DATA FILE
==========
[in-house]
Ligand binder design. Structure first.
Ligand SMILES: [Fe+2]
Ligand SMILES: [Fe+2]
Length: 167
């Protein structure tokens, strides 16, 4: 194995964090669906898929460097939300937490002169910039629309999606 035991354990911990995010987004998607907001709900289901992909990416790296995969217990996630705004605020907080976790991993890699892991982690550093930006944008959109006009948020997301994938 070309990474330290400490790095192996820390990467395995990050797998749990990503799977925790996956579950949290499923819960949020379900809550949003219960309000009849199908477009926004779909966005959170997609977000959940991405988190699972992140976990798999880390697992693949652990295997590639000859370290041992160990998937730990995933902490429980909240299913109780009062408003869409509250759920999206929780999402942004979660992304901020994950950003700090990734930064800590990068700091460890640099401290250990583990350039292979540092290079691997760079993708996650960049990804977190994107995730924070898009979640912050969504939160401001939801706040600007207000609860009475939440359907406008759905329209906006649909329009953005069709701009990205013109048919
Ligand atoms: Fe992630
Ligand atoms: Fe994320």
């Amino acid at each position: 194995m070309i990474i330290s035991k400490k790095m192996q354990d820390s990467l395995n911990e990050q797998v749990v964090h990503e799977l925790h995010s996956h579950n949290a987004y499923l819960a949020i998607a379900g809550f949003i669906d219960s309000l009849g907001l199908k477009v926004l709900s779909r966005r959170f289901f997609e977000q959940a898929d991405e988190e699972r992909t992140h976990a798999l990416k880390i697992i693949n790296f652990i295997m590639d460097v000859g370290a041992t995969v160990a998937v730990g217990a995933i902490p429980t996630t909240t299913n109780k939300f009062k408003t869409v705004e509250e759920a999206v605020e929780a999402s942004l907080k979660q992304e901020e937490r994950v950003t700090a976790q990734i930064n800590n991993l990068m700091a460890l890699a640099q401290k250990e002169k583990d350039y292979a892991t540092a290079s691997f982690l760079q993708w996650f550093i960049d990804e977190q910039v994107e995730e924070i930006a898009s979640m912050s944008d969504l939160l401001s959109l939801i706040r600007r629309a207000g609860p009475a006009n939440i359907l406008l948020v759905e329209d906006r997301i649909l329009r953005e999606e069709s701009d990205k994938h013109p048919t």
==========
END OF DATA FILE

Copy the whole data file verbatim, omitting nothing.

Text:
[in-house]
Ligand binder design. Structure first.
Ligand SMILES: [Fe+2]
Ligand SMILES: [Fe+2]
Length: 167
């Protein structure tokens, strides 16, 4: 194995964090669906898929460097939300937490002169910039629309999606 035991354990911990995010987004998607907001709900289901992909990416790296995969217990996630705004605020907080976790991993890699892991982690550093930006944008959109006009948020997301994938 070309990474330290400490790095192996820390990467395995990050797998749990990503799977925790996956579950949290499923819960949020379900809550949003219960309000009849199908477009926004779909966005959170997609977000959940991405988190699972992140976990798999880390697992693949652990295997590639000859370290041992160990998937730990995933902490429980909240299913109780009062408003869409509250759920999206929780999402942004979660992304901020994950950003700090990734930064800590990068700091460890640099401290250990583990350039292979540092290079691997760079993708996650960049990804977190994107995730924070898009979640912050969504939160401001939801706040600007207000609860009475939440359907406008759905329209906006649909329009953005069709701009990205013109048919
Ligand atoms: Fe992630
Ligand atoms: Fe994320």
């Amino acid at each position: 194995m070309i990474i330290s035991k400490k790095m192996q354990d820390s990467l395995n911990e990050q797998v749990v964090h990503e799977l925790h995010s996956h579950n949290a987004y499923l819960a949020i998607a379900g809550f949003i669906d219960s309000l009849g907001l199908k477009v926004l709900s779909r966005r959170f289901f997609e977000q959940a898929d991405e988190e699972r992909t992140h976990a798999l990416k880390i697992i693949n790296f652990i295997m590639d460097v000859g370290a041992t995969v160990a998937v730990g217990a995933i902490p429980t996630t909240t299913n109780k939300f009062k408003t869409v705004e509250e759920a999206v605020e929780a999402s942004l907080k979660q992304e901020e937490r994950v950003t700090a976790q990734i930064n800590n991993l990068m700091a460890l890699a640099q401290k250990e002169k583990d350039y292979a892991t540092a290079s691997f982690l760079q993708w996650f550093i960049d990804e977190q910039v994107e995730e924070i930006a898009s979640m912050s944008d969504l939160l401001s959109l939801i706040r600007r629309a207000g609860p009475a006009n939440i359907l406008l948020v759905e329209d906006r997301i649909l329009r953005e999606e069709s701009d990205k994938h013109p048919t």